That’s the peril of a historically successful, productive research program. We get locked in to a model; there is the appeal of being able to use solid, established protocols to gather lots of publishable data, and to keep on doing it over and over. It’s real information, and useful, but it also propagates the illusion of comprehension. We are not motivated to step away from the busy, churning machine of data gathering and rethink our theories.
We forget that our theories are purely human constructs designed to help us simplify and make sense of a complex universe, and most seriously we fail to see how our theories shape our interpretation of the data…and they shape what data we look for! That’s my objection to the model of evolution in The Selfish Gene: it sure is useful, too useful, and there are looming barriers to our understanding of biology that are going to require another Dawkins to disseminate.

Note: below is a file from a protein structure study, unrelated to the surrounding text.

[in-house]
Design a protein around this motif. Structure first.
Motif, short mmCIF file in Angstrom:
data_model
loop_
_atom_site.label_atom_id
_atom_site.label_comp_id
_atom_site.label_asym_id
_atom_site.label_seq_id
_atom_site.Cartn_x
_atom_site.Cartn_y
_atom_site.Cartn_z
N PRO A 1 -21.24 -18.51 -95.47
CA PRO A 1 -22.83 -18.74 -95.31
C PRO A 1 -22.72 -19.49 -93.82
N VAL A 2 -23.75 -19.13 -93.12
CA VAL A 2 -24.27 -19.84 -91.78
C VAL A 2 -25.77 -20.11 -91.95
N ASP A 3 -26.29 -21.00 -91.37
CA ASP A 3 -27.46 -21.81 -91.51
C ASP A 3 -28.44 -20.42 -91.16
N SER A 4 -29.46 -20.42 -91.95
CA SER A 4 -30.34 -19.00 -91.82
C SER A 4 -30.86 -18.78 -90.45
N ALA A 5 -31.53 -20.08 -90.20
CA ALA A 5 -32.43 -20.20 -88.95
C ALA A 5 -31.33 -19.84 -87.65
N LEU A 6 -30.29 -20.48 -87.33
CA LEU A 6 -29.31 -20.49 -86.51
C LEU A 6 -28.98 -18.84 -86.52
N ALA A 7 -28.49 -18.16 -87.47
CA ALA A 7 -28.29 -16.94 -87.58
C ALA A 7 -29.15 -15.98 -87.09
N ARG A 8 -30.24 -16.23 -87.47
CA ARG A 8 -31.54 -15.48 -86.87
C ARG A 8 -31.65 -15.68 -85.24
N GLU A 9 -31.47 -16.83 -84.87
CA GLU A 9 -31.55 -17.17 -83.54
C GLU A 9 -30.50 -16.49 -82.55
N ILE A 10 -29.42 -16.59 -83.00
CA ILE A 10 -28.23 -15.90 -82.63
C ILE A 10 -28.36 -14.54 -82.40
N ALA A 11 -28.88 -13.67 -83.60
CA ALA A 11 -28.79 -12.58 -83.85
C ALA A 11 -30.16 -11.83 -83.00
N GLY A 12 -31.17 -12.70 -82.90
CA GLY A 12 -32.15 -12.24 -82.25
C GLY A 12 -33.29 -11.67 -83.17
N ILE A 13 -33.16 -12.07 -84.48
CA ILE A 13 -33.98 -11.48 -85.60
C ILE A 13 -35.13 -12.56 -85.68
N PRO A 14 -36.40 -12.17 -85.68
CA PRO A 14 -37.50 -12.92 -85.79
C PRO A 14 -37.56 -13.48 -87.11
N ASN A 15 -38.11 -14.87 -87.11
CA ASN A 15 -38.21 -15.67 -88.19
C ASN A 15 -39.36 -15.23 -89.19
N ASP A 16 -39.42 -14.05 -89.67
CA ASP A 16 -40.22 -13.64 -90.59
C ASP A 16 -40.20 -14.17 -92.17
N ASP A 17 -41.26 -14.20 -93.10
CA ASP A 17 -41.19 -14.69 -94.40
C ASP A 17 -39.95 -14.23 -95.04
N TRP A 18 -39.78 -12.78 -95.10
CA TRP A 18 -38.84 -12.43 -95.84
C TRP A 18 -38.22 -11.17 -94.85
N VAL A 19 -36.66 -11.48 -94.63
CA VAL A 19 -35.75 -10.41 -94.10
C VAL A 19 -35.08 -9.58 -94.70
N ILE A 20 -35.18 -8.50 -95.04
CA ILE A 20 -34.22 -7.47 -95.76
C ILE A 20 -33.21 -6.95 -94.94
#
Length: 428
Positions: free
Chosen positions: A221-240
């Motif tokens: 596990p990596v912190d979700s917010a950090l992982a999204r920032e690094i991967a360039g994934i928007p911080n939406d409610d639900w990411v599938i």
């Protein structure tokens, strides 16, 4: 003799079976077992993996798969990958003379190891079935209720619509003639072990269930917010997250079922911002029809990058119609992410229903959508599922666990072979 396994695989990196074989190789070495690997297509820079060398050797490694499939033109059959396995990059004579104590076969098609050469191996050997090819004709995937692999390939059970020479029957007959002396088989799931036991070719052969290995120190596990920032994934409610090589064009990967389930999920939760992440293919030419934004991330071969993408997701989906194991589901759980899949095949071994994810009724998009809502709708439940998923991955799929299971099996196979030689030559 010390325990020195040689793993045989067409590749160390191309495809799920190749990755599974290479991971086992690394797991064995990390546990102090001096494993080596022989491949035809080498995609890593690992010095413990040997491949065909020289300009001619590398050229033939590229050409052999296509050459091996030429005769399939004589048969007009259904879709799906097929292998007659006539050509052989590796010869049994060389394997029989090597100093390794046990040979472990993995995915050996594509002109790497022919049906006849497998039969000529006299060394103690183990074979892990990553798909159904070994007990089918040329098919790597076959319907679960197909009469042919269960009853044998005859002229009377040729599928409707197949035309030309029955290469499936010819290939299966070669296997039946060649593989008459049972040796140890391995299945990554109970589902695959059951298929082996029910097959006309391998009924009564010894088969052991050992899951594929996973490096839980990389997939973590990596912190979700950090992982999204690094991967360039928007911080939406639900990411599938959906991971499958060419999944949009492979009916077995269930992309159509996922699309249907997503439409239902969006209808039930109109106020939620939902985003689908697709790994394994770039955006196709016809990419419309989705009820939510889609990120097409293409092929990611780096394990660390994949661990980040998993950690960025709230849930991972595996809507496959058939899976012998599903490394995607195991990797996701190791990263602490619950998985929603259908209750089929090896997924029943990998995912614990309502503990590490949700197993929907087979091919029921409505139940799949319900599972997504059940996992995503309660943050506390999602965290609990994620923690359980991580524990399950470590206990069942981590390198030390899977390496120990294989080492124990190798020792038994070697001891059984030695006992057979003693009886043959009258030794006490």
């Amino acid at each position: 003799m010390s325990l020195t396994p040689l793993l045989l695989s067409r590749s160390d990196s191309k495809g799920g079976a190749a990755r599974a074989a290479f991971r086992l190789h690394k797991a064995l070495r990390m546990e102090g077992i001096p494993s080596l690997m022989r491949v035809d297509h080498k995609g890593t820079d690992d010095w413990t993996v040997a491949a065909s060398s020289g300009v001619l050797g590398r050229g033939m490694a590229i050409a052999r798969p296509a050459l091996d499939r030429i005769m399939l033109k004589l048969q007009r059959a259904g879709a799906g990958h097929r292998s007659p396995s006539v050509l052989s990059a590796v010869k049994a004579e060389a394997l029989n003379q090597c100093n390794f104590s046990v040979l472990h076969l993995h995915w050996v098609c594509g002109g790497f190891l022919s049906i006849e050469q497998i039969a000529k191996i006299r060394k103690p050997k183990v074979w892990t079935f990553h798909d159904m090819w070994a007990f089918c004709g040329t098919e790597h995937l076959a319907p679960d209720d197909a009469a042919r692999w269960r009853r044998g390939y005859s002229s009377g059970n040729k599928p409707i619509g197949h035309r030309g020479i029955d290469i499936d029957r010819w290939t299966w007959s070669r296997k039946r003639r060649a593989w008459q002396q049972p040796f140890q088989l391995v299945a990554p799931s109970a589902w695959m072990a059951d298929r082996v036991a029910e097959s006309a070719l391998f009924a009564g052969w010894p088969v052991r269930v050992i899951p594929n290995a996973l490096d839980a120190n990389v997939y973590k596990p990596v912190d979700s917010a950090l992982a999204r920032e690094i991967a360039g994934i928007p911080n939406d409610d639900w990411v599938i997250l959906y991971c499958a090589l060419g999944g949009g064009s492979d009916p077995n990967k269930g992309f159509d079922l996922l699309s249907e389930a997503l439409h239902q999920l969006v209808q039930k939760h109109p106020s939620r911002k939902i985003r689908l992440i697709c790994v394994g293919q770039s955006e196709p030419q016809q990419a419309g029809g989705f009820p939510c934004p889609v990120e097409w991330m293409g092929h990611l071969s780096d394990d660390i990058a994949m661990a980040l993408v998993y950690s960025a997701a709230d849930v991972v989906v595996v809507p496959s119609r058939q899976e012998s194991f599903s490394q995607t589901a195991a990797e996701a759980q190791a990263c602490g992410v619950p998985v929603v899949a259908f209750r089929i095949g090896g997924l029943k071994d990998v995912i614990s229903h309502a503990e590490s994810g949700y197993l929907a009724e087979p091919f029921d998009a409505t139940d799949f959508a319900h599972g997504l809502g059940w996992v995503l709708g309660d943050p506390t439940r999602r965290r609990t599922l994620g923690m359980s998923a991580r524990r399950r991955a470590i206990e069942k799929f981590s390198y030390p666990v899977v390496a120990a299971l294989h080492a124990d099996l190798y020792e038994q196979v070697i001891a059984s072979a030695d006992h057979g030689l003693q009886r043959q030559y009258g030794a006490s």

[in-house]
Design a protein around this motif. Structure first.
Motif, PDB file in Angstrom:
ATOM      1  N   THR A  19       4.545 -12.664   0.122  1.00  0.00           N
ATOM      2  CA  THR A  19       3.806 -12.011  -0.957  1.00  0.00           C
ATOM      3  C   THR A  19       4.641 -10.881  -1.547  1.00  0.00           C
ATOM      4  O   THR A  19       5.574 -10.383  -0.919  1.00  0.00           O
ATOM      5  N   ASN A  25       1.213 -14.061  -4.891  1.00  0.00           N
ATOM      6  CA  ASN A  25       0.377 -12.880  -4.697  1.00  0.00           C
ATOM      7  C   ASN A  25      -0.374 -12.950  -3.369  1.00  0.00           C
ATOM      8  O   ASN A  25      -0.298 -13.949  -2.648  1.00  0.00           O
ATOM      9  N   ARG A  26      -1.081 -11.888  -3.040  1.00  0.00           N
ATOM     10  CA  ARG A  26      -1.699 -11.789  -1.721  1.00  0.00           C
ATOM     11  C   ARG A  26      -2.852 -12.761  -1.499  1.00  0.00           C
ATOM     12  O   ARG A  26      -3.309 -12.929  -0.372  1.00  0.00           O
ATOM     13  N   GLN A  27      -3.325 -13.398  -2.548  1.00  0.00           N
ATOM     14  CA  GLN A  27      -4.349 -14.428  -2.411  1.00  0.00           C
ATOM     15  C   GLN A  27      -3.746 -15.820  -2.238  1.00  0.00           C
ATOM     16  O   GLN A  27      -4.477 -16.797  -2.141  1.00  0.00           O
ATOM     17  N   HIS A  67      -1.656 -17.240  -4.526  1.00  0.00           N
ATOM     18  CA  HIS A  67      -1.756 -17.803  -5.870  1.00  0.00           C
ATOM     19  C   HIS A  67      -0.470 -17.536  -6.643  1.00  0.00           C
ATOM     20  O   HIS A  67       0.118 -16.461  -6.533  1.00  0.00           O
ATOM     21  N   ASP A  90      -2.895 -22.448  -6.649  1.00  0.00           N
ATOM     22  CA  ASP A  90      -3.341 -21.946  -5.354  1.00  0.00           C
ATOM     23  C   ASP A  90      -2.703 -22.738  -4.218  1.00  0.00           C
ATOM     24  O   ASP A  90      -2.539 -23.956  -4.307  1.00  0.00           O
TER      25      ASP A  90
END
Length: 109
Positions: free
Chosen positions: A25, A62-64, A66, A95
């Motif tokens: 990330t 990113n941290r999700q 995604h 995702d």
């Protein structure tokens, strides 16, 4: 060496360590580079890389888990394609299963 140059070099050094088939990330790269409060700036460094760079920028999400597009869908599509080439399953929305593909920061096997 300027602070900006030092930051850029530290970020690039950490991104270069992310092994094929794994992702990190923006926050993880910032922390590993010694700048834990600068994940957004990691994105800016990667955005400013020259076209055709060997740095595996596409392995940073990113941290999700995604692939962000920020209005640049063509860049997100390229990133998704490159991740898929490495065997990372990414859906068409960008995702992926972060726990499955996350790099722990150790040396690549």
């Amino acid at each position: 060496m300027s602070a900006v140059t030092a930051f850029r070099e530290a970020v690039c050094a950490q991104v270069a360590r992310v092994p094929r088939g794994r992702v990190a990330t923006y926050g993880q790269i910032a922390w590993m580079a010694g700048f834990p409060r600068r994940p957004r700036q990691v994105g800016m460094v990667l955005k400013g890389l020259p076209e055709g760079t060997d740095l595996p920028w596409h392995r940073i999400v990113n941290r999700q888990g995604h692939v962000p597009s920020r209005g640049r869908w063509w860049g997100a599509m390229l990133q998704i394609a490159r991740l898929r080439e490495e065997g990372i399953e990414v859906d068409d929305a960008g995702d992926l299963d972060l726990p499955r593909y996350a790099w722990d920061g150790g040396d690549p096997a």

Richard Dawkins has also responded to Dobbs:
I have been asked to respond to an article by David Dobbs called ‘Die, selfish gene, die’. It’s a fluent piece of writing featuring some interesting biological observations, but it’s fatally marred: infected by an all-too-common journalistic tendency, the adversarial urge to (presumably) boost circulation and harvest clicks by pretending to be controversial. You have a topic X, which you laudably want to pass on to your readers. But it’s not enough that X is interesting in its own right; you have to adversarialise it: yell that X is revolutionary, new, paradigm-shifting, dramatically overthrowing some Y.
All of this reminds me of Thomas Kuhn’s paradigm model of science. Is this a paradigm shift in progress? Dobbs and Myers seem to think so. Dawkins and Coyne seem to think it’s just new details in the existing paradigm. As a non-biologist, I fully realize that I can’t make a judgement, so I’ve concluded that my best strategy is to sit back and wait to see how this debate eventually plays out.